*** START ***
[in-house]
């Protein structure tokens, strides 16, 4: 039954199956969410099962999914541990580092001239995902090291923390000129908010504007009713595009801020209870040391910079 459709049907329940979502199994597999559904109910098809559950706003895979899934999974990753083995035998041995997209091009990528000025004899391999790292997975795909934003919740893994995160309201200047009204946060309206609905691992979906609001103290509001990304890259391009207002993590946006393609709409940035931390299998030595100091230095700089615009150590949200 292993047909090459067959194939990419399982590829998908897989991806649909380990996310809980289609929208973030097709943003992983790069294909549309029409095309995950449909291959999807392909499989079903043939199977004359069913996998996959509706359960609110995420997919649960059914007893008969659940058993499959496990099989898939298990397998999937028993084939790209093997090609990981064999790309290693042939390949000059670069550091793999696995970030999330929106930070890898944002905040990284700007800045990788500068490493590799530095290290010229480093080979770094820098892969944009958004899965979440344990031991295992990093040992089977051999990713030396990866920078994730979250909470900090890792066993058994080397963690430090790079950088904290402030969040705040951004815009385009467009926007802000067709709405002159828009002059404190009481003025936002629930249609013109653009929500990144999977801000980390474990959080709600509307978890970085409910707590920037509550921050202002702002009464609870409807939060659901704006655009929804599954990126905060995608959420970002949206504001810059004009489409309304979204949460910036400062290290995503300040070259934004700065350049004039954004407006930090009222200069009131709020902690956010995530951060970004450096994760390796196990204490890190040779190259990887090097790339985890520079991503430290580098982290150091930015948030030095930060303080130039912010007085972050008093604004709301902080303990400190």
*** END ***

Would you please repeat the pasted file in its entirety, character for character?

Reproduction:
[in-house]
């Protein structure tokens, strides 16, 4: 039954199956969410099962999914541990580092001239995902090291923390000129908010504007009713595009801020209870040391910079 459709049907329940979502199994597999559904109910098809559950706003895979899934999974990753083995035998041995997209091009990528000025004899391999790292997975795909934003919740893994995160309201200047009204946060309206609905691992979906609001103290509001990304890259391009207002993590946006393609709409940035931390299998030595100091230095700089615009150590949200 292993047909090459067959194939990419399982590829998908897989991806649909380990996310809980289609929208973030097709943003992983790069294909549309029409095309995950449909291959999807392909499989079903043939199977004359069913996998996959509706359960609110995420997919649960059914007893008969659940058993499959496990099989898939298990397998999937028993084939790209093997090609990981064999790309290693042939390949000059670069550091793999696995970030999330929106930070890898944002905040990284700007800045990788500068490493590799530095290290010229480093080979770094820098892969944009958004899965979440344990031991295992990093040992089977051999990713030396990866920078994730979250909470900090890792066993058994080397963690430090790079950088904290402030969040705040951004815009385009467009926007802000067709709405002159828009002059404190009481003025936002629930249609013109653009929500990144999977801000980390474990959080709600509307978890970085409910707590920037509550921050202002702002009464609870409807939060659901704006655009929804599954990126905060995608959420970002949206504001810059004009489409309304979204949460910036400062290290995503300040070259934004700065350049004039954004407006930090009222200069009131709020902690956010995530951060970004450096994760390796196990204490890190040779190259990887090097790339985890520079991503430290580098982290150091930015948030030095930060303080130039912010007085972050008093604004709301902080303990400190």